OK, then there's the Guerilla Gallery, now mostly aboveground and called the Studio. If you've read this far and you didn't make it to this part of the conference, I implore you to pay a visit next year. Filled to the rafters with generous donations of incredible hardware and software mainly obtained by the superhuman Pete Braccio, artists can queue up to print their art on beautiful large-format printers, or have their work output on the rapid prototyper. Having access to this equipment is just incredible. This year's treats included the lenticular guy who took a shot of you against a greenscreen, and composited you in with a dinosaur. There was a motion capture stage you could try, or you could sit for artist Michael Wright, who turned your photograph into a painting (I don't know how many hundreds of these he did in four days). My personal indulgence was the nail printer, which allowed you to either choose or design an image and get it physically printed onto your nails. My stars and psychedelics drew all kinds of attention in Little Tokyo before I started chipping off my nail polish. I have a not-so-secret goal to spend one entire SIGGRAPH in here just creating something that passes as art!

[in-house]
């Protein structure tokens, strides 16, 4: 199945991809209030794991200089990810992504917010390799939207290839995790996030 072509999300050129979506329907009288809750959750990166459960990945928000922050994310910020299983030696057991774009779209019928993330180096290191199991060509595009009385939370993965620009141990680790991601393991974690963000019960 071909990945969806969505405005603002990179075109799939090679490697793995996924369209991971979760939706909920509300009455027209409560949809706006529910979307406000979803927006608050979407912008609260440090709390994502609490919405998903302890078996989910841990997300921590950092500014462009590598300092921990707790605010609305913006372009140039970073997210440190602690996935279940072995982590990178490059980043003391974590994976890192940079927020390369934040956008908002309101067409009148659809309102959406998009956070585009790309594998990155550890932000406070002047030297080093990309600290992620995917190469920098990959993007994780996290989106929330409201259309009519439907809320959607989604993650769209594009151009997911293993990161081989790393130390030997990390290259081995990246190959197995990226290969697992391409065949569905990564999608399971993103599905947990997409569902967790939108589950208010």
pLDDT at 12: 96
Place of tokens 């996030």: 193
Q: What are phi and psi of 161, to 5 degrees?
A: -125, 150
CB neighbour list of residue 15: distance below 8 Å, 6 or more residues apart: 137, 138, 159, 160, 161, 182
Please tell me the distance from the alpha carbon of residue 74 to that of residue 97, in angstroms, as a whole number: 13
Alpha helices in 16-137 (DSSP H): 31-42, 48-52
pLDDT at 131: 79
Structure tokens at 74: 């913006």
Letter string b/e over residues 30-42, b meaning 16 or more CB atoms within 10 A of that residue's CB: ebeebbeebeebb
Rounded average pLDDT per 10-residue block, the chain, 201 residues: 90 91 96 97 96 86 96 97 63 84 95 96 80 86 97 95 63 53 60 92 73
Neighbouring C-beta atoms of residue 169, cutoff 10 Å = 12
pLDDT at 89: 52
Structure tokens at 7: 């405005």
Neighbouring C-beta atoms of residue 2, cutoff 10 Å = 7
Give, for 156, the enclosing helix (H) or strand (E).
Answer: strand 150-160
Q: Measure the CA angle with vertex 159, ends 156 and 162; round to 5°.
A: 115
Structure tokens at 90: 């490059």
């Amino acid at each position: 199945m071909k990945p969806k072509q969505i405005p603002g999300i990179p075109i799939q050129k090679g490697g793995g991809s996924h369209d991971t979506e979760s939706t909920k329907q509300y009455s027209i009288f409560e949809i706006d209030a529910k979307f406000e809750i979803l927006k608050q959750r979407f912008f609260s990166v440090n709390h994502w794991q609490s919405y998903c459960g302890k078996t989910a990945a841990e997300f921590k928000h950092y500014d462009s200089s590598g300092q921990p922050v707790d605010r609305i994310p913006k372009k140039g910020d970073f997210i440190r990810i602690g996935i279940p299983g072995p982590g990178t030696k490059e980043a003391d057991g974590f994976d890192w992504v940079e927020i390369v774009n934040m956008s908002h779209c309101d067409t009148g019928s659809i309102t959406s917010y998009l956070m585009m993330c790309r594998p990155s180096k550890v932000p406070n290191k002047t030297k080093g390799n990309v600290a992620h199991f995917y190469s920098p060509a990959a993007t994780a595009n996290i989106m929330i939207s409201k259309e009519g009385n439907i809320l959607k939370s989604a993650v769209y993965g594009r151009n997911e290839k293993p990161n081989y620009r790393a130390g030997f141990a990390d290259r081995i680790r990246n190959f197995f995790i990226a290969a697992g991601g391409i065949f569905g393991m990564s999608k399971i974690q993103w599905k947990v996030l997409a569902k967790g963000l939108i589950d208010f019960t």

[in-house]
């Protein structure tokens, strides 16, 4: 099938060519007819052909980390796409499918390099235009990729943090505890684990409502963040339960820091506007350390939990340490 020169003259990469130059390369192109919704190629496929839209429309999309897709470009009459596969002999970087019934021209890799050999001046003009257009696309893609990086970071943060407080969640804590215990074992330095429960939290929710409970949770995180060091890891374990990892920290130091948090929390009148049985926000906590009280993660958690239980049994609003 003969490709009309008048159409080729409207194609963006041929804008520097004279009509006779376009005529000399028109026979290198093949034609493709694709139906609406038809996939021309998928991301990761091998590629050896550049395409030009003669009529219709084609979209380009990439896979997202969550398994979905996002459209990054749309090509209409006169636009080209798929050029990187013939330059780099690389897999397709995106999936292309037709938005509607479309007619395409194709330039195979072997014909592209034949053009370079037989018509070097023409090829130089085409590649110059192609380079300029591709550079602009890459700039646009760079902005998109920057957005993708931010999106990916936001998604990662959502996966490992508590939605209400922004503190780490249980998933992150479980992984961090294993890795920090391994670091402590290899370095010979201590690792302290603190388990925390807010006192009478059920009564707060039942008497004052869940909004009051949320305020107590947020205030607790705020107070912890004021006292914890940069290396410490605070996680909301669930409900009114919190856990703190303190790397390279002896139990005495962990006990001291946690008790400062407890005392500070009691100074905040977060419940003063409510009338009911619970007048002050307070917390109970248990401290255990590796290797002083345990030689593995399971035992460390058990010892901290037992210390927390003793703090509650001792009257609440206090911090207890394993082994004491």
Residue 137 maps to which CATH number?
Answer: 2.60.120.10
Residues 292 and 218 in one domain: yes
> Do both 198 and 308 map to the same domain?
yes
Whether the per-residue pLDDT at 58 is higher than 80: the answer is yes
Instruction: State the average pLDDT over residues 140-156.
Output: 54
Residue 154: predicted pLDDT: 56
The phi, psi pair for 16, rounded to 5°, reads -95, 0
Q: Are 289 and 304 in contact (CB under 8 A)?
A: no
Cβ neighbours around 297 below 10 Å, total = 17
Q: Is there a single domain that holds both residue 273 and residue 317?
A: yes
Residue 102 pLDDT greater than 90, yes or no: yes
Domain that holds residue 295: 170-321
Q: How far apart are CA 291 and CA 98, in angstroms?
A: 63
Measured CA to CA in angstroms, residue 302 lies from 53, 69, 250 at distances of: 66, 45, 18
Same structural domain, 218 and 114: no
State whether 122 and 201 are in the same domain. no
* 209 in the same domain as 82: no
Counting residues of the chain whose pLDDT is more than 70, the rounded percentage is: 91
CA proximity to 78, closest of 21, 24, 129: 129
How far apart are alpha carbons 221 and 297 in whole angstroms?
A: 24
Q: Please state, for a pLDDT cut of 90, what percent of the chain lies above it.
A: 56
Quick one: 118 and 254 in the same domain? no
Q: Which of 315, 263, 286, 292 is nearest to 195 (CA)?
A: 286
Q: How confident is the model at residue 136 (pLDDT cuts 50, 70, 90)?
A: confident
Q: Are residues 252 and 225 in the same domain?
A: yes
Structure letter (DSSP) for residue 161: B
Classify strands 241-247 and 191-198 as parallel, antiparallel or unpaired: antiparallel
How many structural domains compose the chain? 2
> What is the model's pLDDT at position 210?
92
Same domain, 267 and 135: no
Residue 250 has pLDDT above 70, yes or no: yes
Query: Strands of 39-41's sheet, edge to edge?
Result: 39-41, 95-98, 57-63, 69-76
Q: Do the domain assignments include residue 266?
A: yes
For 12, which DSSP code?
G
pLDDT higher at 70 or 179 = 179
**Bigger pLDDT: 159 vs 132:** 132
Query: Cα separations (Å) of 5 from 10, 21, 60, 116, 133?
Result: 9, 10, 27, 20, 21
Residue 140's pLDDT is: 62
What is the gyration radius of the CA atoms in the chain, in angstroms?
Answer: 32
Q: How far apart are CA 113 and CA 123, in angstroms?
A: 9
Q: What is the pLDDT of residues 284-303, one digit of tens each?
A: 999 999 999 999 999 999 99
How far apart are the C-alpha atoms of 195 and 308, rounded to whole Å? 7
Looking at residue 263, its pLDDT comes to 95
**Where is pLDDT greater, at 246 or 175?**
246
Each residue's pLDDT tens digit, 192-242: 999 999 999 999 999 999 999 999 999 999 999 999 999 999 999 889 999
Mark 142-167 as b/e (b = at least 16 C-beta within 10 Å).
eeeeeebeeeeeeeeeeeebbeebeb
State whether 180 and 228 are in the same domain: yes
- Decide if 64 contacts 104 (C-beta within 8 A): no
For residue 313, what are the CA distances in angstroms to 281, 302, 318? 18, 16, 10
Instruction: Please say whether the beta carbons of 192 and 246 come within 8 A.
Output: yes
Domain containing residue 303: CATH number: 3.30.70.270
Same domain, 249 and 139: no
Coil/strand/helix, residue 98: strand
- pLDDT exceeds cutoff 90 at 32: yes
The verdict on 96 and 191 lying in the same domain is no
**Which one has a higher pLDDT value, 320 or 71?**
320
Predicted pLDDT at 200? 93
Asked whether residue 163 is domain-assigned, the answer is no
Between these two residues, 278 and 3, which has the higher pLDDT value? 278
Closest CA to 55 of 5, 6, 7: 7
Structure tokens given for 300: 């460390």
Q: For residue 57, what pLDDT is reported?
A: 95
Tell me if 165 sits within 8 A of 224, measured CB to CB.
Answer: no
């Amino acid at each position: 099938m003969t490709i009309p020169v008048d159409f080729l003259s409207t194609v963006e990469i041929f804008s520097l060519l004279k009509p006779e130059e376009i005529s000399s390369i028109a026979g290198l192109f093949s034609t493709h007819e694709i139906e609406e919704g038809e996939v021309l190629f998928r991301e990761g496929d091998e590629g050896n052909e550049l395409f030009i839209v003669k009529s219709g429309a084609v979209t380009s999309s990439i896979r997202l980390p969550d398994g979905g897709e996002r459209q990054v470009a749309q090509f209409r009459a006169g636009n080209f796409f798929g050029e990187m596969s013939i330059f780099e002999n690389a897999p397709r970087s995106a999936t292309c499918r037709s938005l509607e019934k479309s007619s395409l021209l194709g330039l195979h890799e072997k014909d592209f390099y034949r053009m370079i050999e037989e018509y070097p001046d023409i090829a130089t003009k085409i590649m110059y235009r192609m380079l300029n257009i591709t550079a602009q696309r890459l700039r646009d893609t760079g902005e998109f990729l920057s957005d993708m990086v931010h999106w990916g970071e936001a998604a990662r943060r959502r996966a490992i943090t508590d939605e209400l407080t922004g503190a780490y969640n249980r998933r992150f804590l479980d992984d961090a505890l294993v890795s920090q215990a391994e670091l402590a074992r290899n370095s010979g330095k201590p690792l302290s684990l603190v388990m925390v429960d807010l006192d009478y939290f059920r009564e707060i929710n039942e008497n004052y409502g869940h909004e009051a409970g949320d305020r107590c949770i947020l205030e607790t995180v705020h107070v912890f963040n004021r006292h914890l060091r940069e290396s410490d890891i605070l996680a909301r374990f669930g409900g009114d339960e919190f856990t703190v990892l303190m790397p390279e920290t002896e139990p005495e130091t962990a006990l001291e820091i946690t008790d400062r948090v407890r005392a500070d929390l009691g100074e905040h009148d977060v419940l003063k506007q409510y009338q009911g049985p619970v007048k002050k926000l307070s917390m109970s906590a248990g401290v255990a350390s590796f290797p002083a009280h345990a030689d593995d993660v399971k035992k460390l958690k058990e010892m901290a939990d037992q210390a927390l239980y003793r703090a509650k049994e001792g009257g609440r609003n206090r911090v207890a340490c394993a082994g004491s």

Some of the most fun happens in the shadows at this conference. For the last three years, the dynamic and inspiring Isa Gordon has been staging a cyber-fashion show. Tucked in the back of Petree Hall this time, which was positively overflowing, this combination fashion/wearable/fetish show drew all kinds of attention; I'm really hoping we can infuse this event with some resources next year so we can do a proper fashion show, enlist some truly revolutionary wearables creators and put this awesome extravaganza on a proper stage so more people can enjoy these very cool SIGGRAPH event.
Of course, there were fabulous sessions that ranged from the non-technical to the esoteric. Acting for Animators got SIGGRAPH attendees to kick off their shoes and learn to develop characters while their movements and facial expressions were drawn and animated by Larry Lauria. A wonderful Special Session on puppeteering brought us Gonzo and Bugs Bunny live and in person. Hugely popular sessions from ILM, PDI and Weta offered glimpses inside the magic we love to watch, and a record number of papers suggests that the industry we think might be already fully developed still has more room to grow.
And now, wearing my SIGGRAPH hat, I implore all of you to check out deadlines now so you have plenty of time to imagine, create and submit your art and technology to this incredible gathering.
Jill Smolin has been a grateful member of the visual effects industry for about a decade, and has documented the industry (before it was one) for about twice that long.